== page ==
It helps if you think of this not so much as novel but rather as a series of non-linear vignettes with shared characters. The authors of this book treIt helps if you think of this not so much as novel but rather as a series of non-linear vignettes with shared characters. The authors of this book treat the idea that every scene should serve a larger plot with some level of derision, and we jump randomly between different scenes at different points in time with no warning. But like I said, if you forget what a novel is supposed to look like, it's really rather fun. The characters are vibrant and come in all shapes, races and sexualities. It's a female heavy cast, which I love, and you can practically smell the salt air wafting from the pages. This is the perfect book for when you need a palette cleanser between gloomy doorstoppers or bloody little grimdark numbers and despite its flaws it was a lot of fun....more
I have complaints about this book. I have many. Complaints. About. This. Beautiful bastard of a book. But most of them boil down to the same base elemI have complaints about this book. I have many. Complaints. About. This. Beautiful bastard of a book. But most of them boil down to the same base elements; I wanted more. I wanted more of godslaying Eril-Fane and his tragic marriage, I wanted more of just begging to be redeemed Thyon, I wanted more of Feral and Ruby and there accidental foray into maybe love. I especially wanted more, like an entire book, of everyone's favourite assassin/acrobat scaling the cloudspire. I'm serious, if the author is reading this, I am serious.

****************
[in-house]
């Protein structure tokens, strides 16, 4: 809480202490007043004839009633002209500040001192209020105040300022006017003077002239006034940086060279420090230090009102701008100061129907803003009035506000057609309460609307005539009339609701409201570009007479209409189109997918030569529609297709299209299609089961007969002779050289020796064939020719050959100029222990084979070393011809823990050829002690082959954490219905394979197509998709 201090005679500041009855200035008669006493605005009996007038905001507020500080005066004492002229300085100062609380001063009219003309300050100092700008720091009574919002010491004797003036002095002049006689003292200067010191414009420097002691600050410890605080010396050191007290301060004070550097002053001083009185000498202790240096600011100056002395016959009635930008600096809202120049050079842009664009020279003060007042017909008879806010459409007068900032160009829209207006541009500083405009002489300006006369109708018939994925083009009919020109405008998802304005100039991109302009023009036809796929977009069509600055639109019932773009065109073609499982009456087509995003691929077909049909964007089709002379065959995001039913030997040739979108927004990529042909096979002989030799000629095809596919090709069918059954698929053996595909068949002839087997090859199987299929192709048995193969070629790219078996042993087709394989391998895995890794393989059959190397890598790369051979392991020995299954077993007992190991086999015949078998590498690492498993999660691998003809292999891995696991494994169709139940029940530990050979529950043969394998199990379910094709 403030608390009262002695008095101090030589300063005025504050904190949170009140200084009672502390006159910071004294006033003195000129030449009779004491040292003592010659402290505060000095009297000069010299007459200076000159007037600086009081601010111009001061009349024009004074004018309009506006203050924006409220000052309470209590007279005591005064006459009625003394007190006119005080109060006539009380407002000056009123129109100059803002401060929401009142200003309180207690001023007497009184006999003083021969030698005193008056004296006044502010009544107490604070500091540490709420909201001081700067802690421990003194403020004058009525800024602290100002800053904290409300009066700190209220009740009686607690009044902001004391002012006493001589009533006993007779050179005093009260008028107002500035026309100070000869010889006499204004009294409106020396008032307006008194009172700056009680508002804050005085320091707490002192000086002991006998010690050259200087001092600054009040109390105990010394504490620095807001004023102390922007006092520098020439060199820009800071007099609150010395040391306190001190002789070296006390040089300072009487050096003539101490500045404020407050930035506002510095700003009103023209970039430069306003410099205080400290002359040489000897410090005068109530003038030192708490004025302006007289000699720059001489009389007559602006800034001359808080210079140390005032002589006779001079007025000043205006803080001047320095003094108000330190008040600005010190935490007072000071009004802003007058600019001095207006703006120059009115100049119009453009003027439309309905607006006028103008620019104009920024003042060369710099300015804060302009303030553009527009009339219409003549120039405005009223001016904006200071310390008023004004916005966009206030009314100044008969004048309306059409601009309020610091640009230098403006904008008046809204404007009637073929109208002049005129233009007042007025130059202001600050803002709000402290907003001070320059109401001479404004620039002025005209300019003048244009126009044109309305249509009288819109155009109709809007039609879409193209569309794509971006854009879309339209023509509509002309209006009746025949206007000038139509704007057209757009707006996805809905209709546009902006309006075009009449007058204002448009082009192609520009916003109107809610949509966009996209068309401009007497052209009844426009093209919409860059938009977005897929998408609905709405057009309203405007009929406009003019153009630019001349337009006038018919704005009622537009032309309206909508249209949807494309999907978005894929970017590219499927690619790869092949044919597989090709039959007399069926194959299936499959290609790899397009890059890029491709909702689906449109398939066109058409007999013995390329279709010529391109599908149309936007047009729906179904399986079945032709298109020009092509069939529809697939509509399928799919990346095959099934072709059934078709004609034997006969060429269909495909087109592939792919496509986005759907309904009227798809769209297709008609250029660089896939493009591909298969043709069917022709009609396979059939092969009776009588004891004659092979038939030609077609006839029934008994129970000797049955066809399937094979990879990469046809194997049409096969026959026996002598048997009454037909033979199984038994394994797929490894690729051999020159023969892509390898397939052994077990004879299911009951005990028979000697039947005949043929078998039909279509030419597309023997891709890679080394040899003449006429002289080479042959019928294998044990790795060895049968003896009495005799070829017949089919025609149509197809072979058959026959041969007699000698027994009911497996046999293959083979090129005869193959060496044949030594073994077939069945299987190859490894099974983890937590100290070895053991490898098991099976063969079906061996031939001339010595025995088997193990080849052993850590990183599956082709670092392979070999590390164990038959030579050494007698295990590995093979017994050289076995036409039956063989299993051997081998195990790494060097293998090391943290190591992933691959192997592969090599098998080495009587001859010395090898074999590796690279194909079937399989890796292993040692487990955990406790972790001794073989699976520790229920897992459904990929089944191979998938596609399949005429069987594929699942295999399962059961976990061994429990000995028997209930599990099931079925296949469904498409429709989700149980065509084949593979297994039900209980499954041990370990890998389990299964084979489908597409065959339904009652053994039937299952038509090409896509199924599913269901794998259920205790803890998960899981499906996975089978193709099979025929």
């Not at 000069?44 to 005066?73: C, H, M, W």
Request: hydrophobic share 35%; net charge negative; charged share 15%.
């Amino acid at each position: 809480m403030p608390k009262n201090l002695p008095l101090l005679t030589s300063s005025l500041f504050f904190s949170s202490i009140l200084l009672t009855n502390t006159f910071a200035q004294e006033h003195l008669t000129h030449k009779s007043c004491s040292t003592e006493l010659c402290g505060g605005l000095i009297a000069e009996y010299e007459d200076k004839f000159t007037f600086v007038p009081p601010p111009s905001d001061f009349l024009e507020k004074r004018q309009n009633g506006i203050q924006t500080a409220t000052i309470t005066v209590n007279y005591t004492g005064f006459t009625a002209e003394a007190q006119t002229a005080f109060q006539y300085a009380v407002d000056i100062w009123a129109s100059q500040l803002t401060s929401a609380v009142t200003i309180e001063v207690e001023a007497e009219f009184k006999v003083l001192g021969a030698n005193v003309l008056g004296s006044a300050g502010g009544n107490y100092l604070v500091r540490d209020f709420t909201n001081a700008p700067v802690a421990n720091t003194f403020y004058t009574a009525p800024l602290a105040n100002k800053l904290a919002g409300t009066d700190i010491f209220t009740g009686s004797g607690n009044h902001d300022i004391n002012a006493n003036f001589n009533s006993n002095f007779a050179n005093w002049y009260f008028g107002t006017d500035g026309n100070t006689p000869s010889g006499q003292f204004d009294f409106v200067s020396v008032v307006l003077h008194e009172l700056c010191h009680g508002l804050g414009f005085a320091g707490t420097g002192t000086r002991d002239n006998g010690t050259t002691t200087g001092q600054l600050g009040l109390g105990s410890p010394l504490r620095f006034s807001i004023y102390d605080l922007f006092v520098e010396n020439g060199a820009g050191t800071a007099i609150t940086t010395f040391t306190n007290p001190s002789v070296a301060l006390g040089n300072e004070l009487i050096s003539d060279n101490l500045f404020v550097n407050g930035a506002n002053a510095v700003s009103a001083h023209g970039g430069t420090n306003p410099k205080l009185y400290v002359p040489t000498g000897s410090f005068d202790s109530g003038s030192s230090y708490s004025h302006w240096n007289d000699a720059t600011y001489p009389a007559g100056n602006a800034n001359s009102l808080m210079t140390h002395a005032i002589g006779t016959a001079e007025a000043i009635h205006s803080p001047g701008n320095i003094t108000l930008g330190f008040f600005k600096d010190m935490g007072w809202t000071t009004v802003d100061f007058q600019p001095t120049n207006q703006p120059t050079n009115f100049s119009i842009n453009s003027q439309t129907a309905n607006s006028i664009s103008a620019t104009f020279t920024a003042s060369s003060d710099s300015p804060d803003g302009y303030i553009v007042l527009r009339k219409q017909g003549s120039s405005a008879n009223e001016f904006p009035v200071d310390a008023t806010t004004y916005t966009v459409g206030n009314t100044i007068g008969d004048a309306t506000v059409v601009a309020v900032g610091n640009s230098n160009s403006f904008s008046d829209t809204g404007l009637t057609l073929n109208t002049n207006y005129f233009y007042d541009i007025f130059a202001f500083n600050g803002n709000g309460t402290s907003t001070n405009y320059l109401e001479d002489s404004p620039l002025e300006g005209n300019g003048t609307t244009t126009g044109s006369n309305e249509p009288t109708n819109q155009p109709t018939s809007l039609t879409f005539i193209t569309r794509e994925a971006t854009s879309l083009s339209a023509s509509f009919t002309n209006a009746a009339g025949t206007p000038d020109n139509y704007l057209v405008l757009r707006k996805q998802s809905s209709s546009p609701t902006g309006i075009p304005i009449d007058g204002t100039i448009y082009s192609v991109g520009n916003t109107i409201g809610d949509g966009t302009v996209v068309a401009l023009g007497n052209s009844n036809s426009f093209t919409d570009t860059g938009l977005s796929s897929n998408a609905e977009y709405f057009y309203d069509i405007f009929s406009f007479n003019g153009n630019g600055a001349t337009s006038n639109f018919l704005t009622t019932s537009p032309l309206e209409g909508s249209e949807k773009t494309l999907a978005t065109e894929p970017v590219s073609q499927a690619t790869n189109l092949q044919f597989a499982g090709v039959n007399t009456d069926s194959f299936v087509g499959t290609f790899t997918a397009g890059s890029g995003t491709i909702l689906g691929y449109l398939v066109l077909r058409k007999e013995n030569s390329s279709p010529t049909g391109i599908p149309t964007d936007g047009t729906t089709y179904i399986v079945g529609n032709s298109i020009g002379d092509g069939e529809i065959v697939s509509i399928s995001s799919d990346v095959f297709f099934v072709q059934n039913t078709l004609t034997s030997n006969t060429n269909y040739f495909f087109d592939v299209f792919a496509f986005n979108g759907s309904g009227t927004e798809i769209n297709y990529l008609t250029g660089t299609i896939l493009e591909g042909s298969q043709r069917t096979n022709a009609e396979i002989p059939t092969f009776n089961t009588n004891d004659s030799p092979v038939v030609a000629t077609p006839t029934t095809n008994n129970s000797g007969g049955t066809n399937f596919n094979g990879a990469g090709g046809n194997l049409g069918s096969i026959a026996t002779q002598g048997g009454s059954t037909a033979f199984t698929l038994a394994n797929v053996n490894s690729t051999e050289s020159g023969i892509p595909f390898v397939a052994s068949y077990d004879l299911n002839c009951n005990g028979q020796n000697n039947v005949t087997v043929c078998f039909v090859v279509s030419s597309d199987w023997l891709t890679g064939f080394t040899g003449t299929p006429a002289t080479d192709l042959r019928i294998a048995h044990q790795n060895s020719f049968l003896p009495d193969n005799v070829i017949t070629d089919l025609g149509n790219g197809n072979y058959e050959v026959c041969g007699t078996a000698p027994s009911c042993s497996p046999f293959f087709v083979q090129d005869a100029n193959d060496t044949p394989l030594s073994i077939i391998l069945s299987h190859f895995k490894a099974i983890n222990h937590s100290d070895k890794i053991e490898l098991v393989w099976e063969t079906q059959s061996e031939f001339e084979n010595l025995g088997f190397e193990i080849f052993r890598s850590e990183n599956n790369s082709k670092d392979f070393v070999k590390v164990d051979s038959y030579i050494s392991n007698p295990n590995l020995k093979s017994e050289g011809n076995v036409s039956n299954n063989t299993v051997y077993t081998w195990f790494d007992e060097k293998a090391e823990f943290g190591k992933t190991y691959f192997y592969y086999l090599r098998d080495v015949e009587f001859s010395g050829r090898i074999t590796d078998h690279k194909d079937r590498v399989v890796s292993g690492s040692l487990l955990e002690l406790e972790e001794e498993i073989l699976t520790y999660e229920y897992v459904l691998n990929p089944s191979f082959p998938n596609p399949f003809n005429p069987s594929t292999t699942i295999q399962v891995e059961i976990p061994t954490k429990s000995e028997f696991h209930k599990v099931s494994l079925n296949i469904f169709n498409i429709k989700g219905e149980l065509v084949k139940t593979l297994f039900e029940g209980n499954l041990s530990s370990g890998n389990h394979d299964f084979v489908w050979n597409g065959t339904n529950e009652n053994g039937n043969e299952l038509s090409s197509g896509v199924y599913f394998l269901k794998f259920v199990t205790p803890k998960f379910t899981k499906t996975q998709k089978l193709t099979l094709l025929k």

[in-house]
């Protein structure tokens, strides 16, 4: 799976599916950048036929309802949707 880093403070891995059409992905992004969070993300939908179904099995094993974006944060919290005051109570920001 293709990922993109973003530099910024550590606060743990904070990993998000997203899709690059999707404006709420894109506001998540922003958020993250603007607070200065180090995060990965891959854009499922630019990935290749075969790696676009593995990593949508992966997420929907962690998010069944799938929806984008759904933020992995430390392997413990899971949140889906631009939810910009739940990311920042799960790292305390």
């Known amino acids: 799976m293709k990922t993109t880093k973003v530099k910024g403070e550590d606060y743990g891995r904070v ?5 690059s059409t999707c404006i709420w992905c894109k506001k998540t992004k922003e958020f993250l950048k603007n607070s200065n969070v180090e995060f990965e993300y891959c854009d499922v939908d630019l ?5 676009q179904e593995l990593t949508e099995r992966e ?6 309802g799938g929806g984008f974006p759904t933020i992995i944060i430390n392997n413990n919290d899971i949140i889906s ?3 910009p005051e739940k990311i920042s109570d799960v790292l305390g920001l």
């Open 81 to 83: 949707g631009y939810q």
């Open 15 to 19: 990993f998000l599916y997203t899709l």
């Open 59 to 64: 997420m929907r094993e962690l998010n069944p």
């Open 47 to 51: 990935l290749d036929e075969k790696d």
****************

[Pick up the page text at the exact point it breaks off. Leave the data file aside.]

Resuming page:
This is one of those books where it seems every single character, no matter how briefly they appear, is staring in their own amazing story that we could follow eagerly if we weren't stuck in Lazlo and Sarai's. I say stuck, as though it's a chore, as though Lazlo and Sarai's tale is a boring one, which it is certainly not but alas I lack Laini Taylor's effortless control of language so here we are. This is a novel that unfurls before you growing better and better and better again. There's something to love no matter where you look, from the stunning prose, to the characters, to the witty banter to the vivid worldbuilding and the heartbreakingly good plot. And then it has the audacity to go and end, and what am I supposed to do with myself now?
You'll notice I've not said anything particularly concrete about this book and what it's about, and that it's an absolute joy to discover for yourself. The plot unfurls perfectly, revealing new beauty and dark, incredibly dark, depths and it's wonderful and if I could send an army of moths into everyone's window with a copy of this book to read I would do it in a heartbeat.